Have you noticed that 2019 seems to be off to a promising start?
Social media has seemed kinder, gentler, and overall much more positive (or perhaps I have successfully narrowed my "follows" to those that leave FB and IG better than they've found it - either way its a win!).
I've seen friends and acquaintances posting about their very raw need to get on track, make improvements, stop procrastinating, and otherwise find more fulfillment. And how is this received? Positively! With encouragement and suggestions and virtual high fives for being so open and REAL. I'm loving this trend. I hope it keeps up.
But also, this trend has stirred something within me. A desire to tell perfect strangers that I can help! Understandably these poor passers-by are suspicious. What am I selling anyway? Whatever it is - it's not for them. Because they aren't broken. They don't need help! I know this is the thought process because this would be my knee-jerk reaction.
See, there is a prevalent and pernicious stigma surrounding a woman asking for help.
Seriously. Sit with that for a second.
We often perceive others negatively if one of us asks for help. After all, we women are the organizers, the beautifiers, the nurturers, the doers of all the things. To be vulnerable outside of our most intimate relationships is a recipe for unraveling. We give one another the advice all the time to ACCEPT the help offered but to ask for it...?
That woman is clearly deficient. Why can't she handle herself? Her kids? She's screwing it up. She needs to get her shit together.
Sound about right? We worry that others think it but really we're thinking it about ourselves. We don't mean to think these things - it's human nature. Only the strong survive, natural selection, and all that. But this isn't a dog eat dog world (it can be but that's not the legacy we want to leave behind or the culture we wish to acknowledge). This is a world of mothers, daughters, sisters, and dear friends. And we don't wish suffering on those we love. In fact, we get frustrated at times when our friends DON'T reach out to us for help: Why didn't you CALL me?!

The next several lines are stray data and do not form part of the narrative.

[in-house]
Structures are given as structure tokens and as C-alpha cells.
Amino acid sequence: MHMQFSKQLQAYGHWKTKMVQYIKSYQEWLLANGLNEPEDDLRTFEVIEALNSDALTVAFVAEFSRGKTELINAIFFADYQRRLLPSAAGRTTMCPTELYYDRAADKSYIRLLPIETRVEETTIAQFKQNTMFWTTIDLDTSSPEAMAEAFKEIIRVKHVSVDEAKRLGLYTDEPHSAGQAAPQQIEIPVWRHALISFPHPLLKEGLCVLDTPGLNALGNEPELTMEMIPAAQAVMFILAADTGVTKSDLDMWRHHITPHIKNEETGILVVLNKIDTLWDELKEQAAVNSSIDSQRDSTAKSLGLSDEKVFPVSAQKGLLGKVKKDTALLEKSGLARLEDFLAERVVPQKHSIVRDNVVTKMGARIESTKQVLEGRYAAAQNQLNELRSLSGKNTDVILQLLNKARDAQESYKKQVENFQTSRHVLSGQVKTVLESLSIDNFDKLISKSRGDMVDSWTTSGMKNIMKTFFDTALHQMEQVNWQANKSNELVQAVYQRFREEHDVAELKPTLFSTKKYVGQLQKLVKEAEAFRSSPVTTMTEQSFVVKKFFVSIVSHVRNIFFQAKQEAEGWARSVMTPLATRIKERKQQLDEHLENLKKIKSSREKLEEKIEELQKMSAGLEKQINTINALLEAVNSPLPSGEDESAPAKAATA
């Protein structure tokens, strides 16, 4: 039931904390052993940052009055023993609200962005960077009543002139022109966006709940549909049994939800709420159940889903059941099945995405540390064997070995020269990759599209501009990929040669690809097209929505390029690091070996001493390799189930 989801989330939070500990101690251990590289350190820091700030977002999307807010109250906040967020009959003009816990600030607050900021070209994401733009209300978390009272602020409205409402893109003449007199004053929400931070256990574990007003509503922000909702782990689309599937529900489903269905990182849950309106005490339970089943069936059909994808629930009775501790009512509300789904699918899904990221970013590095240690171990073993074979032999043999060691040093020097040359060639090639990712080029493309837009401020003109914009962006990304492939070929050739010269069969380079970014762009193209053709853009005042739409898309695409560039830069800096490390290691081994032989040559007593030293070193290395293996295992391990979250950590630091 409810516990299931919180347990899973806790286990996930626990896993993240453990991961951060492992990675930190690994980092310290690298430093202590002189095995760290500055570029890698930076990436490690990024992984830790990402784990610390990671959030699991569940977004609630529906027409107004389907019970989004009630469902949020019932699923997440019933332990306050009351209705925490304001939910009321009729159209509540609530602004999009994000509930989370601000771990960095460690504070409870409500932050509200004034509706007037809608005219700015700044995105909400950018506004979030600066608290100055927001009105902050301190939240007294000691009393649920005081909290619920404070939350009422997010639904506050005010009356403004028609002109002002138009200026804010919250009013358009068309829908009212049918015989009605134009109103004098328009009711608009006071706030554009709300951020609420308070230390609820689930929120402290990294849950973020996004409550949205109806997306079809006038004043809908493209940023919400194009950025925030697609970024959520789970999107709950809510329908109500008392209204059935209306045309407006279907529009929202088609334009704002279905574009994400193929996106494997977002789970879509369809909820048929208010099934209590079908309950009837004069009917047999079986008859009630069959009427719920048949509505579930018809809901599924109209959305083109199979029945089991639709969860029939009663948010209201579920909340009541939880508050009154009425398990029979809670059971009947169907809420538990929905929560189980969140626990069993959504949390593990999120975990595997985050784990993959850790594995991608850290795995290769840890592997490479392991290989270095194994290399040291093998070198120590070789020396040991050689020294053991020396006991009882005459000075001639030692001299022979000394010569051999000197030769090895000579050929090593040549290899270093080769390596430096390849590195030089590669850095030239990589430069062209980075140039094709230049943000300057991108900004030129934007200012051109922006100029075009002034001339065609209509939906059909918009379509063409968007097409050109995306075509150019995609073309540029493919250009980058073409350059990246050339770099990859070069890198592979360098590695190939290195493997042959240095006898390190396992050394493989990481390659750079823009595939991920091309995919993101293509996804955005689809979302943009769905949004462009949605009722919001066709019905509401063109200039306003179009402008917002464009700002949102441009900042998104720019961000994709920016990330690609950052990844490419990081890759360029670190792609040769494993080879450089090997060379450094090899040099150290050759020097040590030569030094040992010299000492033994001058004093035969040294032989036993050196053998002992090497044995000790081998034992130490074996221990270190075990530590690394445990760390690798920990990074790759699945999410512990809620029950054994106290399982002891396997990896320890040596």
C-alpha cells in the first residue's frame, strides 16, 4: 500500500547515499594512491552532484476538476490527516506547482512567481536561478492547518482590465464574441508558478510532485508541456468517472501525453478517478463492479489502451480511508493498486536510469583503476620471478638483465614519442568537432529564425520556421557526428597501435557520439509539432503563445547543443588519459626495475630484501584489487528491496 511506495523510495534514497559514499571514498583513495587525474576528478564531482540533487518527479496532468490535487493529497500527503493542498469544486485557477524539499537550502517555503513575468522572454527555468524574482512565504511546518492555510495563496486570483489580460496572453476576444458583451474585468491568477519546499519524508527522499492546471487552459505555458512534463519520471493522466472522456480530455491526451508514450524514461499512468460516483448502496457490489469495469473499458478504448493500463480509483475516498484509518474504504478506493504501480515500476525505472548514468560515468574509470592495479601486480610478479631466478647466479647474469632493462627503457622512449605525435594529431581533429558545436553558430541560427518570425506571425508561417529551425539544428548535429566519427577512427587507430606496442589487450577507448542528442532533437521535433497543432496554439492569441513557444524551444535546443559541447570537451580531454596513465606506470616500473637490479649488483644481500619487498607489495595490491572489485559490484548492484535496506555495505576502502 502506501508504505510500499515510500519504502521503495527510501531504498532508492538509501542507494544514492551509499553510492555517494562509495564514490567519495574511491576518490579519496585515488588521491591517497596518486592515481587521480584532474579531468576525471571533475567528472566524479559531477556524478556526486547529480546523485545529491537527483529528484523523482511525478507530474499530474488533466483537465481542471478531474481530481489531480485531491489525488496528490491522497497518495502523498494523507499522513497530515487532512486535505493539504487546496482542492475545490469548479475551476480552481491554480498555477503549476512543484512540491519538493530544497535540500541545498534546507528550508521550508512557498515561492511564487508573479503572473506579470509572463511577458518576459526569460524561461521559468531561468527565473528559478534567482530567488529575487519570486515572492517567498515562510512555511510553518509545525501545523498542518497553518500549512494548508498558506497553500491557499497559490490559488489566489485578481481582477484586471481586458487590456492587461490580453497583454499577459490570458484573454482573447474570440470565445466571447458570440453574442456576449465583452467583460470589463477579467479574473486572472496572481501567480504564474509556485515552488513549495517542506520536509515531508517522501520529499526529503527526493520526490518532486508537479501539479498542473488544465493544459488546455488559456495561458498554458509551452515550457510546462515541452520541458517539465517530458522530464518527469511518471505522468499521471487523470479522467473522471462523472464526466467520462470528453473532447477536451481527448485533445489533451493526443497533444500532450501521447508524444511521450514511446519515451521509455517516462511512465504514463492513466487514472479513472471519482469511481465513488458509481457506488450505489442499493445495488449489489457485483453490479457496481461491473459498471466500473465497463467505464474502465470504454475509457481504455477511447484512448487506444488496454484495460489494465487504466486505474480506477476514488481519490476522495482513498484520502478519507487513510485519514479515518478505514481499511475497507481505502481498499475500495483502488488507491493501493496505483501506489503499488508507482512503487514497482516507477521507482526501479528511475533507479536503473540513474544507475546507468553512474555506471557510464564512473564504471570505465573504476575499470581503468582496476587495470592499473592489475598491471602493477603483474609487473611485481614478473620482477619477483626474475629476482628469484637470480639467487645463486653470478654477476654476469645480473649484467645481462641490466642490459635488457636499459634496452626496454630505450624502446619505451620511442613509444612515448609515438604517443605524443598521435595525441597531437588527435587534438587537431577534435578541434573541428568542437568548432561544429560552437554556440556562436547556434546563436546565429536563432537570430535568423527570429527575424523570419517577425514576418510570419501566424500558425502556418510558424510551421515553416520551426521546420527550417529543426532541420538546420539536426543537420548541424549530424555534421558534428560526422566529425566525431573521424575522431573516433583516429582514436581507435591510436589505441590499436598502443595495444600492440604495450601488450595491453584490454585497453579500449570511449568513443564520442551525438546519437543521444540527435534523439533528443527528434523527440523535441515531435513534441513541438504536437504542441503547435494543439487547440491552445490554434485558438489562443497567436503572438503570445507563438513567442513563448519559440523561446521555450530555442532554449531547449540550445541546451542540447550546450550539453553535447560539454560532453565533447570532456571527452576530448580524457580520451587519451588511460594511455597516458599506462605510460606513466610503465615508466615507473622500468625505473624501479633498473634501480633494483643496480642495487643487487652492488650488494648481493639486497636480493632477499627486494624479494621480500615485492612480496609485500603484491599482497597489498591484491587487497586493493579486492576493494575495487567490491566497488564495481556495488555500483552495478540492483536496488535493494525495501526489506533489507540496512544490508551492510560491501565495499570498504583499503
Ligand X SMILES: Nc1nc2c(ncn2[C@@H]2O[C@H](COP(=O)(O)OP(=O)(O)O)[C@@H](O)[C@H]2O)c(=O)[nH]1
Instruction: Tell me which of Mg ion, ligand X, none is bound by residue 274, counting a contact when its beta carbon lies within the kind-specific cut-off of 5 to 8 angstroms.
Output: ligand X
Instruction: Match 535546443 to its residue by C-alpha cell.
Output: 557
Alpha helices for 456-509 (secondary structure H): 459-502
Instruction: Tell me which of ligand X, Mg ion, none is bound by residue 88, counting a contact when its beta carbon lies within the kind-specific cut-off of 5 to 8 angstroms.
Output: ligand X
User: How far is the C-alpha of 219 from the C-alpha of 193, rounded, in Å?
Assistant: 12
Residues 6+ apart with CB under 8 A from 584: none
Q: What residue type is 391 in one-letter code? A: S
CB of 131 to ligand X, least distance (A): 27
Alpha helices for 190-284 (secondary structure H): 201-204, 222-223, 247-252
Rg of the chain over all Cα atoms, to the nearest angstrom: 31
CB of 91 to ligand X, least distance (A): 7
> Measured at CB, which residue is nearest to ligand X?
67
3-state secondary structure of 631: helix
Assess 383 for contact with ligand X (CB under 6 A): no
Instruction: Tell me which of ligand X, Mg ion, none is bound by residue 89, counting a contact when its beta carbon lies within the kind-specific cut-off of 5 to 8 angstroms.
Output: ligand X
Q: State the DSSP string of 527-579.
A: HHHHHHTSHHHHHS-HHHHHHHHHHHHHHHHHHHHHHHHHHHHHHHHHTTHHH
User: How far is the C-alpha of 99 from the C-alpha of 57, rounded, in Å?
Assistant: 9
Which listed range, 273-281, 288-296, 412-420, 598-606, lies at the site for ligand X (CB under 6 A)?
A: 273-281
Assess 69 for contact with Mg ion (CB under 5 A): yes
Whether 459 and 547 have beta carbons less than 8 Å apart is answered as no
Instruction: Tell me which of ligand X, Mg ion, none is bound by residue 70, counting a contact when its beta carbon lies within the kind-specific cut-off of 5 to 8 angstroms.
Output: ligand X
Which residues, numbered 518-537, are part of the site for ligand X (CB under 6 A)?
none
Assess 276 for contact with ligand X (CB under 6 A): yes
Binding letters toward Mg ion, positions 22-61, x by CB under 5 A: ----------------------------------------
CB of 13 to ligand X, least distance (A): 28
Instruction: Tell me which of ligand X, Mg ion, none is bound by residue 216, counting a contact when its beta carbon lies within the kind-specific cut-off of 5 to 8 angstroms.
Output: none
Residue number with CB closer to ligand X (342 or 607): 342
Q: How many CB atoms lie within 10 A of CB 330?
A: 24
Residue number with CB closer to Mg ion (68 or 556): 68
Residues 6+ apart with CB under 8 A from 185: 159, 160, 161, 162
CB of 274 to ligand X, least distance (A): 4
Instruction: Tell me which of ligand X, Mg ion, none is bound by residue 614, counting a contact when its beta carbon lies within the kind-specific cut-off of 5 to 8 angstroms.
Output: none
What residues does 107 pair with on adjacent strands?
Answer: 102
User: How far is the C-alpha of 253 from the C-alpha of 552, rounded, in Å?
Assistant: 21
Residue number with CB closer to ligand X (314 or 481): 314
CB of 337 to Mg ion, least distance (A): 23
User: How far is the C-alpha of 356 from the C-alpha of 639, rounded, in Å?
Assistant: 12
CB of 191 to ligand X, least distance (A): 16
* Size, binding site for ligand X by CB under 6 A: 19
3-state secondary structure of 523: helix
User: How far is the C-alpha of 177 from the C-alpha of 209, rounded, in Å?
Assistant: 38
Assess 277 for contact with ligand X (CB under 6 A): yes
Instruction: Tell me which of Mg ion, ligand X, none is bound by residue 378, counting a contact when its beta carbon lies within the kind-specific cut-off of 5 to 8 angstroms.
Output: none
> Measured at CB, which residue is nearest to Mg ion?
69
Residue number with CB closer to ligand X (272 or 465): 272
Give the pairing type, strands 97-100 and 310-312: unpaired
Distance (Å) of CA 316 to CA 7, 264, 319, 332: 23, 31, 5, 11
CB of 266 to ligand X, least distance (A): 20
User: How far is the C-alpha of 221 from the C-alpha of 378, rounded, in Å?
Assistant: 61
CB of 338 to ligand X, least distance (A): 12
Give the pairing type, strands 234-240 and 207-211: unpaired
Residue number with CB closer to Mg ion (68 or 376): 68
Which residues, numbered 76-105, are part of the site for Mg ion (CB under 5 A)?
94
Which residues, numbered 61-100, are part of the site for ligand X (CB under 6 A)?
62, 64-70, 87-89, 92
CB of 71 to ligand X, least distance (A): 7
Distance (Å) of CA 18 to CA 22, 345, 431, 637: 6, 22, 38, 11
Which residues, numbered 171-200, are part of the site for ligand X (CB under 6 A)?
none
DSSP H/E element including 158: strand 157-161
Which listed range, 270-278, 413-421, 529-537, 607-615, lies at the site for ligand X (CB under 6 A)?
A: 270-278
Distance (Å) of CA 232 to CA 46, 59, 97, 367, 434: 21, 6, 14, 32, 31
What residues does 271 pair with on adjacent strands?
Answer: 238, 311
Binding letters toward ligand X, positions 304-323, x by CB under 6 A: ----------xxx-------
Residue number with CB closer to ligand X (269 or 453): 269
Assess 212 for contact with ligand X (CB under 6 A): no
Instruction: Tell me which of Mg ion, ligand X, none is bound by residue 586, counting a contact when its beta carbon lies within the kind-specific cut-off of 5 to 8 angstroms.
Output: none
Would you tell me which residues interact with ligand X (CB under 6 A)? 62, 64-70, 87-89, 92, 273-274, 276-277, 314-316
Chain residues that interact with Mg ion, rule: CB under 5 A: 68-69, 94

And our partners exclaim: Why won't you TELL ME when you need help?!
We keep our counseling and our medications a secret. We hide our vices and coping strategies.
Don't get me wrong, I'm not suggesting that any of these things is bad or wrong. I'm merely stating that this is what causes the stigma. And calling out things as they are is a monumental step toward positive change.
And as we all know (don't we all know?) that asking for help - seeking it out - is an incredibly courageous thing to do! It takes real bravery to say: I am struggling. What I'm doing is not working. I need inspiration. I need motivation. I need a period of rest and reflection. Those are hard things to say out loud. To own. Even harder to act on!
Furthermore, the (ahem) older I get, and more invested I become in building a solid foundation of skills - the more I realize that it is maturity that drives a person to seek coaching. Recognizing and owning the fact that we know that we don't know is to leave childhood behind. This is often referred to as a growth mindset.
Many Fortune 500 companies require employees to participate in a mentorship program. Study after study indicates that teaching and fostering an environment of growth leads to success (in parenting and in business).
In other words: when we elevate one another - we ALL rise.
And even I, the uncrowned queen of never asking for help, would have loved the benefit of a Wellness Coach at numerous times throughout my life. I would have happily traded the money I have spent on gym memberships or one-size-fits-all workout programs or specialized diet cookbooks for an individualized, personal support coach. Someone who heard me, who saw me, who compassionately walked beside me for a time. Someone who encouraged me to take care of myself so that I could take care of others.
Be the change you wish to see in the world. -Ghandi
Be who you needed when you were younger.
These maxims ring true because as humans we often have a desire to share with others the hard-won lessons we've learned. We want to alleviate the suffering of others. Lighten their burdens. Leave them better than we found them.
I know I do.
So when people ask what I do and I tell them and I can see the follow-up question behind their eyes that they are too polite to give voice to:
What kind of person uses a Wellness Coach?
Answer: Ordinary people. Extraordinary people. People going through hard times. People going through transitions. People needing a reset. People fed up. People starting up. People adjusting to new jobs, new demands, or new life stages. People learning new skills or people re-learning old skills. People trying to simplify or streamline. People who are certain and people who are just curious. People just trying to survive. And people looking to thrive.
I believe in the positive and transformative power of people. I believe you (yes, you!) have the power to change your life, your family, and your community. I have seen, and experienced, the complete metamorphosis of a person given the inspiration and agency to own their vitality.
If that is something you feel you could use in your life, then you are the kind of person who uses a Wellness Coach.